Written by Mervyn Haisman and Henry Lincoln
Directed by Douglas Camfield
Lured back to Earth by an unknown force, The Doctor, Jamie, and Victoria find themselves in the London Underground with a squad of soldiers who are fighting against The Yeti.
If the first episode is anything to go by, this story looked great. The underground sets look amazing, so much so that lore has it that London Underground accused the BBC of filming there without permission. Douglas Camfield proves once more that he is one of the best directors of the classic era as he creates a fast-paced introductory episode, while building massive amounts of atmosphere and tension. The TARDIS hanging in space and being consumed by webs is quite creepy. The scene where the three explorers find a dead man in the underground is chilling. A wonderfully eerie opening that brings images of Day of the Triffids, scenes of post-apocalyptic society. Sadly, the opening episode is the only one that exists.
“It’s turning into a proper holiday camp, this place.”
While I enjoyed The Abominable Snowmen, I felt that it went on a bit too long. With The Web of Fear, I felt the pace was better handled. The first episode sets up the mystery of Yeti in the subway tunnels, a strange, web-like fungus being spread by the robots, and access to the surface is cut off. Soldiers are placing explosives at various points in the tunnels. The second episode brings our heroes back into the life of Professor Travers, only 40 years from when they last met him. We get a bit of exposition and find out that London has been abandoned due to a strange mist. Yes, it seems The Great Intelligence is trying to manifest in our realm once more. If possible, the invisible creature seems more menacing than before as his plan has already conquered a city and he is able to take control of some people for a brief period, including Professor Travers at one point. To make matters worse, one of the people at the army post is in league with The Intelligence. This mystery is played quite well with plenty of red herrings. Is it the cowardly Welsh soldier Evans? Is it Anna Travers, who seems to suspect The Doctor? Is it The Doctor himself? Or is it the newly-arrived Colonel Lethbridge-Stewart who assumes command after the death of the previous commanding officer is killed?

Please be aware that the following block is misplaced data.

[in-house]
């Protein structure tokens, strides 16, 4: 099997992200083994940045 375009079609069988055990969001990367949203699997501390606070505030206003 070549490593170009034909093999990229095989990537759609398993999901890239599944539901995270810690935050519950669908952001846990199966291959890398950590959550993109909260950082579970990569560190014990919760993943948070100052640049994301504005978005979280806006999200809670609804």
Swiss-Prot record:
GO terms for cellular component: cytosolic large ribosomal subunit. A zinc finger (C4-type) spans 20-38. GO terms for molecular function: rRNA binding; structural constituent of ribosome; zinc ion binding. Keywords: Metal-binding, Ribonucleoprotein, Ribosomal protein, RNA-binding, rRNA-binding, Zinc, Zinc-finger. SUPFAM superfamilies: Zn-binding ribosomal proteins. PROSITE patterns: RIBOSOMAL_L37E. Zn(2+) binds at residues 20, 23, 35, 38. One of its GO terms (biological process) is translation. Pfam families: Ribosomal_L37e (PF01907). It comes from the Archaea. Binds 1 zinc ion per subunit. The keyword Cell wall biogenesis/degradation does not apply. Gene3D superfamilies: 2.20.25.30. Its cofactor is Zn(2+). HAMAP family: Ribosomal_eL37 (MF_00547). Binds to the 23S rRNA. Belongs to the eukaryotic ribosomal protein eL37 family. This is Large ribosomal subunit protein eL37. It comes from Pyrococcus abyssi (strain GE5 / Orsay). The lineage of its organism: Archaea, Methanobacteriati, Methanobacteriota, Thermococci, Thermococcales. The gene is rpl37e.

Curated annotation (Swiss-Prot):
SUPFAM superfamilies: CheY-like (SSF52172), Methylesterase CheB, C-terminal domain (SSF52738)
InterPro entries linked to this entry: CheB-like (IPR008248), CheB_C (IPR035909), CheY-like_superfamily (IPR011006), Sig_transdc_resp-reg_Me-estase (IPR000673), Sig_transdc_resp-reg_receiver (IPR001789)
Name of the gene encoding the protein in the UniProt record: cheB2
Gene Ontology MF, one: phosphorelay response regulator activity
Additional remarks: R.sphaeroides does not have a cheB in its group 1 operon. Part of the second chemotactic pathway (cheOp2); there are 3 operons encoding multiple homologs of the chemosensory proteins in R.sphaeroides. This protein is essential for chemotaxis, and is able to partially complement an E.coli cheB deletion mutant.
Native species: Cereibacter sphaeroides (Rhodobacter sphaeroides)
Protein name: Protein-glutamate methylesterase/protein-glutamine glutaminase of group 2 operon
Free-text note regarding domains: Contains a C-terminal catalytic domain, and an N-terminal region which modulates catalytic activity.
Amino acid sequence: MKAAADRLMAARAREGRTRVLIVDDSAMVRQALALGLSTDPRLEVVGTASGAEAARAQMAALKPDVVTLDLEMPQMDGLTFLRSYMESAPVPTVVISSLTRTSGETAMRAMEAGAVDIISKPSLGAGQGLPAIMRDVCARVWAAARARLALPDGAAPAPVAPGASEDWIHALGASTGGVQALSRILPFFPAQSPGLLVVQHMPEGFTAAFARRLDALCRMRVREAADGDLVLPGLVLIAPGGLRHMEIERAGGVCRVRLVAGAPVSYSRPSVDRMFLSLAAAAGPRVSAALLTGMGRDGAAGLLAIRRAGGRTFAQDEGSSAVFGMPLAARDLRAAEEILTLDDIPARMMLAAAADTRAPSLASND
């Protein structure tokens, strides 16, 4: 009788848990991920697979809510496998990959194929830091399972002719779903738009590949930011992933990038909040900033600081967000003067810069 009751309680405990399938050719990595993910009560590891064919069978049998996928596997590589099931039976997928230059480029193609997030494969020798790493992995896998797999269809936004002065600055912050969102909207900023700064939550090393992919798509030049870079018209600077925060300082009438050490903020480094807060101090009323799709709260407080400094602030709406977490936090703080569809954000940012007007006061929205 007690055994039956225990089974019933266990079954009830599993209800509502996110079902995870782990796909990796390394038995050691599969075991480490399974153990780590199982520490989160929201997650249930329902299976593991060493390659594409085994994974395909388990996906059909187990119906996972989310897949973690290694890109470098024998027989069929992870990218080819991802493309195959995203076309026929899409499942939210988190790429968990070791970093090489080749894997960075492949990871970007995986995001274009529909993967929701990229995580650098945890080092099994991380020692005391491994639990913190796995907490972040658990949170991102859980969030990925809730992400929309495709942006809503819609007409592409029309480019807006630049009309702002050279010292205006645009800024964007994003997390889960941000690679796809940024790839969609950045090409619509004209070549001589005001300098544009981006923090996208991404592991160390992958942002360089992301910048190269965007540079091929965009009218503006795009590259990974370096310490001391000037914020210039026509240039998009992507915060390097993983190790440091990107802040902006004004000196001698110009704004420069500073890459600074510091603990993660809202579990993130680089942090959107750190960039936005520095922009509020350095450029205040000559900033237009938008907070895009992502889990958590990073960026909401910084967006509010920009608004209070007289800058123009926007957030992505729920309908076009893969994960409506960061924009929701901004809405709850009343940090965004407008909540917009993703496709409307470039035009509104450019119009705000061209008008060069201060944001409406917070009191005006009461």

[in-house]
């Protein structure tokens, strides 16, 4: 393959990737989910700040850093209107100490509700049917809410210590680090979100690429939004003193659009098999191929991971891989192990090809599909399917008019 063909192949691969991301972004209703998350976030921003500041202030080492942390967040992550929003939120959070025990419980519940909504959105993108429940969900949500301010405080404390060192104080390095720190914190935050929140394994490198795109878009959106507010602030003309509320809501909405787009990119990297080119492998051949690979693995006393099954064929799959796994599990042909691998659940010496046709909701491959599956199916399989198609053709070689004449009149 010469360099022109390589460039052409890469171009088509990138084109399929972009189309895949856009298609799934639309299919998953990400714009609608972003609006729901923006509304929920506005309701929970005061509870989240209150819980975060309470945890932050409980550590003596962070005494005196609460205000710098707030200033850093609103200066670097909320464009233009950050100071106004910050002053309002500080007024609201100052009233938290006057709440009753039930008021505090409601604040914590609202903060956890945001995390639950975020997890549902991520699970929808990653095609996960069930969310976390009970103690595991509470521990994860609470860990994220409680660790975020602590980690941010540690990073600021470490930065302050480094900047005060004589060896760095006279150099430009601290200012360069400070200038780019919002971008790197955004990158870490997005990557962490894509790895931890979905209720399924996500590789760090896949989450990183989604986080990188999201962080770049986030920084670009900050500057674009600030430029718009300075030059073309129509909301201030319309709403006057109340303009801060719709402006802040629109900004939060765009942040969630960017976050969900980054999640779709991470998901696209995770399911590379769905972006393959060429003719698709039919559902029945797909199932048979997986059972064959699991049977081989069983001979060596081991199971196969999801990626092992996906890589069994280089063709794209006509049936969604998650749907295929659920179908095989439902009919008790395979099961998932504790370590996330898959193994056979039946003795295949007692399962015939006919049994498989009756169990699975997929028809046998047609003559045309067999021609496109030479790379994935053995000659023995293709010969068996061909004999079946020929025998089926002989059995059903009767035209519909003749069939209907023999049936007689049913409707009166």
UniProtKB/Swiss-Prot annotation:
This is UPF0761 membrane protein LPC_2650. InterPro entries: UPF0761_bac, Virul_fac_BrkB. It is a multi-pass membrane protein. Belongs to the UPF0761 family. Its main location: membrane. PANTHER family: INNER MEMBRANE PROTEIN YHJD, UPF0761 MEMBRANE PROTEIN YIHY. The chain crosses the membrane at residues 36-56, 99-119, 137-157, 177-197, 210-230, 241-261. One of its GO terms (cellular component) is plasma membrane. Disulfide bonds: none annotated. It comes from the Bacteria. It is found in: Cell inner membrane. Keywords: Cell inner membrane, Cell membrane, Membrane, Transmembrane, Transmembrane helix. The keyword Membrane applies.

Colonel Lethbridge-Stewart! I’m quite excited to finally see (well, hear) his introduction to the show. Yes, he meets The Doctor off-screen, but the crew didn’t know at the time that he would become a recurring, then regular, character. However, after his performance in this story, you can really see why he would be brought back. Nicholas Courtney brought an amazing performance to this role. If you didn’t have hindsight in place, it would be easy to suspect this new character, yet he remains believable when it is revealed that he is not under The Great Intelligence’s control. Colonel Lethbridge-Stewart is a great character who even takes The TARDIS in stride. He is yet another foreshadowing of things to come, as is Anne Travers working as a scientific advisor, and competent assistant, to The Doctor. It is almost a direct foreshadowing of Liz Shaw.
This was a great story. I really wish it wasn’t incomplete. It encapsulates just about everything The Second Doctor era did well, as well as being a strong entry in the base-under-siege format that is starting to wear thin at this point. It is atmospheric. It is well-paced. It improves on the strengths of The Abominable Snowmen. I think it was wonderful.